It’s strange for Matthew to call the woman in our gospel reading (Matthew 15:21-28) a Canaanite. By the time of Jesus, the Canaanite culture was long gone. The land of Canaan included parts of Lebanon, Israel, Palestine, Jordan and Syria. When the people of Israel fled Egypt, they came into a territory dominated by Canaanite kingdoms. Gradually as the Philistines took over the coast and the kingdom of Israel dominated the interior, the Canaanite culture shrunk. By the time of the Exile, when the people of Jerusalem were taken to live in Babylon, Canaan no longer existed. Wars, invasions, demographic changes, and migrations mixed the Canaanite communities wither others. By Jesus’ time, after years of Greek and Roman rule, Canaanites didn’t exist. But we know, based on modern science, that the Canaanites never left. Recent DNA studies show how modern people living in Lebanon and the surrounding areas still have DNA matching skeletons buried 3500 years ago. By calling this woman a Canaanite, Matthew is making a statement. This woman is related biologically to Jesus and his disciples. But she is defined as someone who is completely different. She is a woman set apart, an outsider living in the old Philistine territories of Sidon and Tyre. She’s unworthy of Jesus’ time. And yet, she’s a mother who persists because her daughter is in trouble.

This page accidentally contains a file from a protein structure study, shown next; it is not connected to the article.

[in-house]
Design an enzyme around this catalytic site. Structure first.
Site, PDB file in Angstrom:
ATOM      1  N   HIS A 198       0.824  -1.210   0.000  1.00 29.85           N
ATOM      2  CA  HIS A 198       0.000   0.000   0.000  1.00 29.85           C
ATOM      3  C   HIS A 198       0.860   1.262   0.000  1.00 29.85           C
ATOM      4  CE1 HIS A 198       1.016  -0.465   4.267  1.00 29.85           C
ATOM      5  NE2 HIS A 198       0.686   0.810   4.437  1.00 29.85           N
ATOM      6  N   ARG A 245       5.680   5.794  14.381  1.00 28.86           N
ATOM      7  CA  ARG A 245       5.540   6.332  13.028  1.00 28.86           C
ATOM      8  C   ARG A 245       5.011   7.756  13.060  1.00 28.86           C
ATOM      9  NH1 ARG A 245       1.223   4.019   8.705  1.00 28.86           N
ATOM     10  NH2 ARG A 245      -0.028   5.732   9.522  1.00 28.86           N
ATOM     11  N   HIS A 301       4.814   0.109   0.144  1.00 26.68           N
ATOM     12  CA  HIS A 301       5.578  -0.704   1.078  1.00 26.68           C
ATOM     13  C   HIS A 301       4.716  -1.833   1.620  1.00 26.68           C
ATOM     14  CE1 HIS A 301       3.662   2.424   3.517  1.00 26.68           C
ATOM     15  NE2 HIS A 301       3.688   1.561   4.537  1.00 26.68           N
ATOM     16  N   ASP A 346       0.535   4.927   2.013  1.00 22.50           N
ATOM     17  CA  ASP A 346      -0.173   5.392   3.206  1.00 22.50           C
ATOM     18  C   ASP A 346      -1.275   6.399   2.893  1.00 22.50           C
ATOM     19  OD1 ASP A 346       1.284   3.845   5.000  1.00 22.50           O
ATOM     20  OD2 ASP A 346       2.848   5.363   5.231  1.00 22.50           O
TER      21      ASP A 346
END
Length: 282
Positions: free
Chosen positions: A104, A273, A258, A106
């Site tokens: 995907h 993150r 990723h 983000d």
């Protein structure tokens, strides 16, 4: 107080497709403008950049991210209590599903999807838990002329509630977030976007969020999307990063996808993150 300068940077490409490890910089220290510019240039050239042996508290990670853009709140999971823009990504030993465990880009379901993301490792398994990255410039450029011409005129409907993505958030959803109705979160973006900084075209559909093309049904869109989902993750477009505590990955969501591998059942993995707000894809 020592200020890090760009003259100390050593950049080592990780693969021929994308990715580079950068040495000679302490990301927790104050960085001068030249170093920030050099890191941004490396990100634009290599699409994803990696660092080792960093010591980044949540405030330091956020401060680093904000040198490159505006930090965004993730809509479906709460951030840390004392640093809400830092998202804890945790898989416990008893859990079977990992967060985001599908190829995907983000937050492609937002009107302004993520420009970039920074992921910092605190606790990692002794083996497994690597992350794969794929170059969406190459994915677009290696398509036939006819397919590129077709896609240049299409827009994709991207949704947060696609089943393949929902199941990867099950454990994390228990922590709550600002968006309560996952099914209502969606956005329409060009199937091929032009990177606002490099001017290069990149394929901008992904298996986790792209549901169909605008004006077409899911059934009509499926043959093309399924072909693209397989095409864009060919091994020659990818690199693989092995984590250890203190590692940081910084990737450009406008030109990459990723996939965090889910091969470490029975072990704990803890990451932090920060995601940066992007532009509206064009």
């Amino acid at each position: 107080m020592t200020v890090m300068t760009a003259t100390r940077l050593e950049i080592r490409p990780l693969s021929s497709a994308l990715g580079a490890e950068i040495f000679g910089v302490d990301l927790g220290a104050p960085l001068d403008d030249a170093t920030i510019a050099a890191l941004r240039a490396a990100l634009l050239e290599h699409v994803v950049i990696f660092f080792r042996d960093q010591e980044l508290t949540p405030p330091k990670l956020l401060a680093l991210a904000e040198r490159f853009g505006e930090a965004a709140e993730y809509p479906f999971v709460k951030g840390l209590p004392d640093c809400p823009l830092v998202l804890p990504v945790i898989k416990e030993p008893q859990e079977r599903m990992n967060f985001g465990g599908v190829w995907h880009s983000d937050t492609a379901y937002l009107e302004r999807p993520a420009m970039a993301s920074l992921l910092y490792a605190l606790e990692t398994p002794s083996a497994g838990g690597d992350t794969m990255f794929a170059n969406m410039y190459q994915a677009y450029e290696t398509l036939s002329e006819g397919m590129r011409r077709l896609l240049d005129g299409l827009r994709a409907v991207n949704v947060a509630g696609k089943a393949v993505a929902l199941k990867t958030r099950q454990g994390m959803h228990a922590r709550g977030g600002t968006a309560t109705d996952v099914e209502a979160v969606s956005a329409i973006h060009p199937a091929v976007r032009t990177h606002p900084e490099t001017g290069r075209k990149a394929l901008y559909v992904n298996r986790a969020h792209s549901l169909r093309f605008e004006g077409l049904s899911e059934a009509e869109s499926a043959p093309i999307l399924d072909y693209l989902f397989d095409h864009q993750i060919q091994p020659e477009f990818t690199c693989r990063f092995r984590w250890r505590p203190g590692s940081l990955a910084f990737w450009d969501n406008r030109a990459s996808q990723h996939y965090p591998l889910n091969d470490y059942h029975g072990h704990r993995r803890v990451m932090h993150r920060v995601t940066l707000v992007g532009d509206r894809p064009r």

Jesus is a bit of a jerk in this passage. The Canaanite woman believes Jesus is who everyone says he is. She knows he has cured others and she wants her daughter to be cured too. Jesus hears her shouts but chooses not to answer. Even the disciples are annoyed by her persistent shouting. Since her words are failing, she takes the drastic step to get in Jesus’ way. She physically uses her body to disrupt his path. And once she’s stopped Jesus, she asks for help. Jesus responded harshly but she will not give up. She knows who Jesus is and will not let Jesus ignore her. Her faith is her persistence. She won’t let Jesus be anything but Jesus. Her persistence is also a description of who her God is. Her God cares. Her God heals. Her God will not let her family go and will keep God’s promises. She refuses to let Jesus be anything but Jesus. And if she can be persistent with Jesus, we can be too.
Each week, I write a reflection on one of our scripture readings for the week. This is from Christ Lutheran Church’s Worship Bulletin for 11th Sunday After Pentecost, 8/20/2017.